RACV Cape Schanck Resort

RACV Cape Schanck, 14th tee – ‘chilly south-westerlies’, Brendan James

Victoria’s Mornington Peninsula has boomed as a golfing destination during the past 15 years, with some of the finest course designers lining up for a crack at creating a masterpiece on this premium piece of canvas. Any golfer who has visited the area knows why: God surely created the landscape here specifically for golf courses.

Nearly a decade before the boom, American designer Robert Trent Jones Jnr left his imprint on the area, creating what is now known as the RACV Cape Schanck Resort. It is fascinating land. ‘An undulating, emerald oasis,’ was how Jones Jnr described it, ‘carved out of giant sand dunes and ti-tree, and it will take artful playing. It is built on a high plateau of beautiful links land. It is not long. It is designed for skilful players who have to use a great deal of finesse. It is designed to be a fun yet challenging and intricate course.’

Fairways rise and fall violently, quickly, like the unpredictable rapids of a raging river, as they cut through ti-tree and ancient moonah trees. It is hard to believe this land could be the setting for anything but golf. Jones Jnr relies on bunkering, the lie of the land and natural vegetation to create his test. Only once does he use water to make the golfer second-guess their ability to successfully hit the green. The 168-metre, par-three 7th calls for a tee shot that must sail over water for two-thirds of its journey. A bail-out area lies to the right, but this is a narrow strip of land that widens only once it is alongside the putting surface. Jones Jnr resisted any urge to over-bunker the green surrounds, but he did leave two pot bunkers – one to the left, the other long and right – to help defend par. Although Jones Jnr hasn’t overdone his bunkering, there are still more than 70 of them between the 1st tee and the 18th green. Some are small and seemingly innocuous, while others are big enough to warrant a camel escort. All are unique in shape and strategically positioned: with every shot you take from tee or fairway, they make you think. The finest examples of Jones Jnr’s harnessing of nature can be found on the back nine. The 12th, a 344-metre parfour, involves a blind drive over a crest, past a bunker on the left and through a saddle in the fairway. A long iron or fairway wood from the tee will leave you with a flat fairway lie, looking out high above the green, which sits some 150 metres in front and 50 metres below you. Elevation also plays a major part in the design of the par-three 14th and par-four 15th holes. The 14th is not a lengthy test, at only 158 metres from the back tee, which perches high on a hill overlooking a tiered green, the waters of Bass Strait a spectacular backdrop in the distance. But this hole, perhaps more than any other on the course, is susceptible to the chilly south-westerlies that can whip in from the sea. Using a driver from the tee is certainly not unheard of.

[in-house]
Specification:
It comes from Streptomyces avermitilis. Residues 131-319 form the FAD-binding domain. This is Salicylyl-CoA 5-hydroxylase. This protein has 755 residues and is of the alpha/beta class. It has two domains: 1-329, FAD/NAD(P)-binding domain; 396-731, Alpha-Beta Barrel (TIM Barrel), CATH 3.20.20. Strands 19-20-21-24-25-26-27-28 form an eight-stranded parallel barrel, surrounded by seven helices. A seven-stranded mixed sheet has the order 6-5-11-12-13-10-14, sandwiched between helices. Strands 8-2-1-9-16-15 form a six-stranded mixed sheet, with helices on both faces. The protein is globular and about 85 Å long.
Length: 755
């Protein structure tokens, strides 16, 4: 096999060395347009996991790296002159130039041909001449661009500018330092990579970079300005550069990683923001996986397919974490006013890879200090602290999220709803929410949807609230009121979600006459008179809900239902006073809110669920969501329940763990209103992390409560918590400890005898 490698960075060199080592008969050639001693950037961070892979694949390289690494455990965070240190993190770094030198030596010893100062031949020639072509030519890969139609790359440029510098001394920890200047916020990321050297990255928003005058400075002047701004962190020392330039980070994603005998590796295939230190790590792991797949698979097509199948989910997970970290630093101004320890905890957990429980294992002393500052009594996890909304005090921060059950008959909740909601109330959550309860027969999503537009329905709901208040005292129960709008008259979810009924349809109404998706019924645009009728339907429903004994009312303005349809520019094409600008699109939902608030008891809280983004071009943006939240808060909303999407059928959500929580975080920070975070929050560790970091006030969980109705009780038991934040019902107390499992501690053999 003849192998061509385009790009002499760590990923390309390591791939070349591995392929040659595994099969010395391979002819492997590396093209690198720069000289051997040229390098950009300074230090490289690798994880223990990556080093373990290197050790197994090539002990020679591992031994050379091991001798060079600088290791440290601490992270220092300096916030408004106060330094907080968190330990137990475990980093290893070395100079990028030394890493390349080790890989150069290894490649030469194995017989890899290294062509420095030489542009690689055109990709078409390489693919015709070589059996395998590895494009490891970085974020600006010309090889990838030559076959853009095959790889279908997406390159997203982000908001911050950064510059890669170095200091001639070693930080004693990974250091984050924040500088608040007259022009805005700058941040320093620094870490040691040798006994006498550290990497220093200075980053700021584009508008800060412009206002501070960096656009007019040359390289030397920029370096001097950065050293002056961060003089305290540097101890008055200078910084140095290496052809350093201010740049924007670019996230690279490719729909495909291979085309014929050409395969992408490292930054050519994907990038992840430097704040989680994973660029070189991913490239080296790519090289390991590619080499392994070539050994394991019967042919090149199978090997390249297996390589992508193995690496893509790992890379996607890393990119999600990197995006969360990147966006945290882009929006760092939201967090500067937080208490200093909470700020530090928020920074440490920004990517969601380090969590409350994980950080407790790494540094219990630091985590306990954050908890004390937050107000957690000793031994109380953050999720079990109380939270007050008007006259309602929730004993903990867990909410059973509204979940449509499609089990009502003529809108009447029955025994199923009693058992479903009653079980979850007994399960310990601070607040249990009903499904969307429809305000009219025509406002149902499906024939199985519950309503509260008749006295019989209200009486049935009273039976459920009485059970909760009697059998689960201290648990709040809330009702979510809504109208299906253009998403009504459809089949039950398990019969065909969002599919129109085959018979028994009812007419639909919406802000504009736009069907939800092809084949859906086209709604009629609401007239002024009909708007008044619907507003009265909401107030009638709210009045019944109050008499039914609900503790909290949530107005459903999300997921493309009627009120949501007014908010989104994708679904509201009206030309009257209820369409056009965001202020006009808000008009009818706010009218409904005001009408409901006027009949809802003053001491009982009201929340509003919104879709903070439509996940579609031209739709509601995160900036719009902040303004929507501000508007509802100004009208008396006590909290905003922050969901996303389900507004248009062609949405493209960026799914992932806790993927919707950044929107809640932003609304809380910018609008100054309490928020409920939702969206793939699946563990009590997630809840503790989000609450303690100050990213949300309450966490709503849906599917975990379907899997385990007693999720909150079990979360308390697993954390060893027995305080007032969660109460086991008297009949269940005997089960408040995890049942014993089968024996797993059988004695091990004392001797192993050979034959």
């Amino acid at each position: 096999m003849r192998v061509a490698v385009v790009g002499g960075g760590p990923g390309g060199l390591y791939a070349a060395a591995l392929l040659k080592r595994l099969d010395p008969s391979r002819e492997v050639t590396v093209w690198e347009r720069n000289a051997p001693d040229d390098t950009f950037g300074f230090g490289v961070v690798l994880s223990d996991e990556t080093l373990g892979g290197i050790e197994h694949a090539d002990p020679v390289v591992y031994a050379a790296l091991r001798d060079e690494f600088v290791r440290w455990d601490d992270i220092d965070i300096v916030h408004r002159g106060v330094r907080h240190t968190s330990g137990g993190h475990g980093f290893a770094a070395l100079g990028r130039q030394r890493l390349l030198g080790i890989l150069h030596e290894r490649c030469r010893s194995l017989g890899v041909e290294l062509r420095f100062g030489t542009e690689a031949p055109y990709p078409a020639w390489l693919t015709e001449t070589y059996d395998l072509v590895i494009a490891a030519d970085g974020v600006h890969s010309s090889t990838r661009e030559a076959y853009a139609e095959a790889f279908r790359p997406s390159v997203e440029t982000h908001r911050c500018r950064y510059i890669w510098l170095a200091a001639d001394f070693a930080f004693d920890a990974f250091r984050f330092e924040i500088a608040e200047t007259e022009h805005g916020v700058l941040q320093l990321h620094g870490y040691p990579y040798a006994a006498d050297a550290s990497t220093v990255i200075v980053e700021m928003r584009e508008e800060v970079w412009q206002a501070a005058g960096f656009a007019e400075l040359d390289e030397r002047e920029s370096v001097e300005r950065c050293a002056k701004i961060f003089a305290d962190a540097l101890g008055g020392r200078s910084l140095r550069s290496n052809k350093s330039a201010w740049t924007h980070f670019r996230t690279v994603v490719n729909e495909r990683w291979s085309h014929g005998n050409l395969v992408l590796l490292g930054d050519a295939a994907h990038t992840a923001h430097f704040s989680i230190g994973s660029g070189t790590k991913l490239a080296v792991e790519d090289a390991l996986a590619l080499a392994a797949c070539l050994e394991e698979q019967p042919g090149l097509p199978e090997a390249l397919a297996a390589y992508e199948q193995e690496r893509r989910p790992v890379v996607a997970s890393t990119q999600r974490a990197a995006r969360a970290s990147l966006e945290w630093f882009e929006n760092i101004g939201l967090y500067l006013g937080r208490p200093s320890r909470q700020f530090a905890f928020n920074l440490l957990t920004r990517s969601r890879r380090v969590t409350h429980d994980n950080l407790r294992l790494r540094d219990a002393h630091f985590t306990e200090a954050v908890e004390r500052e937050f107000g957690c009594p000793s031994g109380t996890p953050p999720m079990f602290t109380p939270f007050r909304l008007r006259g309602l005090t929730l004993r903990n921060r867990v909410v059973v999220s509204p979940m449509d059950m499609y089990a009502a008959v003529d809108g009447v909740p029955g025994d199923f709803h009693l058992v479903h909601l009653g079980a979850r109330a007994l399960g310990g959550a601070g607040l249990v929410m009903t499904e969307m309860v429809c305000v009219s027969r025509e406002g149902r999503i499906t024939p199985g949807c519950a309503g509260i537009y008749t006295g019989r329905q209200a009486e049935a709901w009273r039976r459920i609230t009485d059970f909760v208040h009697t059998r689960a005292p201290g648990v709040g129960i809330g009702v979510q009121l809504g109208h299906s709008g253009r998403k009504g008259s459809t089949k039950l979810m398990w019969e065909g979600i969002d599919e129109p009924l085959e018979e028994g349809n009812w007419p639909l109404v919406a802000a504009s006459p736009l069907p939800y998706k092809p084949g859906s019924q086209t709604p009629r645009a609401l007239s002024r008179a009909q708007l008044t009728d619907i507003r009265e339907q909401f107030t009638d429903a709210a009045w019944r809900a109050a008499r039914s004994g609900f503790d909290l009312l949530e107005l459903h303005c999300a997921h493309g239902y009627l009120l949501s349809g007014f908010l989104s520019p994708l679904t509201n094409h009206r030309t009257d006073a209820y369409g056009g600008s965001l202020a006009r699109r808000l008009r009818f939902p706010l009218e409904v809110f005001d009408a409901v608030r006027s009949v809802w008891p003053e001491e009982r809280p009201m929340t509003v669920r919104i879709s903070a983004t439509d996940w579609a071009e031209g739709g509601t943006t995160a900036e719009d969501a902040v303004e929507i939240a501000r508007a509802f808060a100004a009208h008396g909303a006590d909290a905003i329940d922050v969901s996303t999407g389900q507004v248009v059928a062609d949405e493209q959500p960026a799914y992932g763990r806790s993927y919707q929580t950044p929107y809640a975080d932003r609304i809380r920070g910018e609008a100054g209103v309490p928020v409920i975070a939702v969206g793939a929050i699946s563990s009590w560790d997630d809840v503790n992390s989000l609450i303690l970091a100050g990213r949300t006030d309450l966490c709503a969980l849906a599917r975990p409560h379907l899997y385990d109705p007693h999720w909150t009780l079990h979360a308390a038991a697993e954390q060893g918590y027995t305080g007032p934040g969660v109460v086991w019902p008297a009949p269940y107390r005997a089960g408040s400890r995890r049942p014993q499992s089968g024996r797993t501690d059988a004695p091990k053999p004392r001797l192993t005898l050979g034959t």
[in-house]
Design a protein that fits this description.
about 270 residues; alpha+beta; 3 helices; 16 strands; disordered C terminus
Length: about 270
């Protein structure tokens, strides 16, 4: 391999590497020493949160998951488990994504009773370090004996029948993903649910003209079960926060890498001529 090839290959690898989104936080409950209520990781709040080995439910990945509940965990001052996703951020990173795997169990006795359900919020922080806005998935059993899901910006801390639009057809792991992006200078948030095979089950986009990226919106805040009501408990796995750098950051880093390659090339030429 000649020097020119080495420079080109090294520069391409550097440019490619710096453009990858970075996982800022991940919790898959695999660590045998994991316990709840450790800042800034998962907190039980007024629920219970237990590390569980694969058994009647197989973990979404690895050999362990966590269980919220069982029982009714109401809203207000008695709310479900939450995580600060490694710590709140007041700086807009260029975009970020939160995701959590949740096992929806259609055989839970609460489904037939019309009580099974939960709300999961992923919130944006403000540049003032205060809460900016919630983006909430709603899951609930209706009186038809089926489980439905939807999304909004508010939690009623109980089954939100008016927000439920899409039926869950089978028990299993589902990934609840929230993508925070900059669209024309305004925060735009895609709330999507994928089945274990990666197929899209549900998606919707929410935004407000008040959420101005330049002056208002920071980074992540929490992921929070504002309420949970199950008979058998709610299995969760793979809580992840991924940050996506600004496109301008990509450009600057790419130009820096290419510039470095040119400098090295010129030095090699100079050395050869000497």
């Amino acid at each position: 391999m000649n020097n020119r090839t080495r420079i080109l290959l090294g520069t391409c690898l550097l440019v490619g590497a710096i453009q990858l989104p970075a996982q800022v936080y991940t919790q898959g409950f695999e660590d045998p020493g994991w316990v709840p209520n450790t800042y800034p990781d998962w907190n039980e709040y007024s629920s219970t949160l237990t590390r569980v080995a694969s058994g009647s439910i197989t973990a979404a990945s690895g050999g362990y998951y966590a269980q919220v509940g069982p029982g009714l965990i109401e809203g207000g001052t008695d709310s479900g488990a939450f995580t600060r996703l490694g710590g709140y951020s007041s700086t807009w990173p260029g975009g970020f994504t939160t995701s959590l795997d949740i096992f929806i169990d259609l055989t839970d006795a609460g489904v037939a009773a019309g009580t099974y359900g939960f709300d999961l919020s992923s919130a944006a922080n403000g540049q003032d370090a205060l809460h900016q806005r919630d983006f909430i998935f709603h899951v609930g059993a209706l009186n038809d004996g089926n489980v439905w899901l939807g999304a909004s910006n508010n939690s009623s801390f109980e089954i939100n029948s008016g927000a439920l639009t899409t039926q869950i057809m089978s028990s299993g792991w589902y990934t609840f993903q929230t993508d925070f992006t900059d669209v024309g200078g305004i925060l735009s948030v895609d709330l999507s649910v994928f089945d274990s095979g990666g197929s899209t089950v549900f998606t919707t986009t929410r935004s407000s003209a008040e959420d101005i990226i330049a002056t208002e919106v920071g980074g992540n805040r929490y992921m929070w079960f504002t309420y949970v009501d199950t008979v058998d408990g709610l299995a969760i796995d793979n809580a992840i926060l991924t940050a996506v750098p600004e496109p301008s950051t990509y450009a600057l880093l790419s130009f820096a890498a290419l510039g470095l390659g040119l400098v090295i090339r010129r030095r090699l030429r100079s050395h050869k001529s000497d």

The 364-metre 15th calls for sensible strategy from the tee to set up a shot at par. Your drive must find the left half of the fairway if it is to stay on the short grass, for the fairway slopes steeply. It then veers left and rises, past massive bunkers, all the way up to the green, which is surrounded by vast clumps of titree and guarded by two more huge sand traps. The view, again, is spectacular. Although Jones Jnr’s design is first class, Cape Schanck’s owners – the Royal Automobile Club of Victoria – have commissioned Mike Clayton Golf Design to revamp the layout. Given Clayton’s many past successes, the results promise to be outstanding.

Memorable holes

3rd, 7th, 12th, 14th, 15th and 16th

Where to go

Trent Jones Dr (via Boneo Rd), Cape Schanck, Victoria 3939

Book a round

(03) 5950 8100


Where to stay

The resort has accommodation on site. Stylish rooms, suites and house-size, self-contained villas (with either two or three bedrooms) offer sweeping views of the Southern Ocean. A boardwalk connects all rooms to the resort centre and pool areas.

Before/after your round

For lovers of fine food and wine, the Mornington Peninsula is the home of 175 boutique vineyards and more than 50 cellar doors, many of which offer superb wines (especially pinots) and gourmet dishes with ocean views to match. Nearby galleries, produce makers and historic villages offer more variety and nature-lovers can also enjoy the beautiful coastal views of the Bushrangers Bay Nature Walk.

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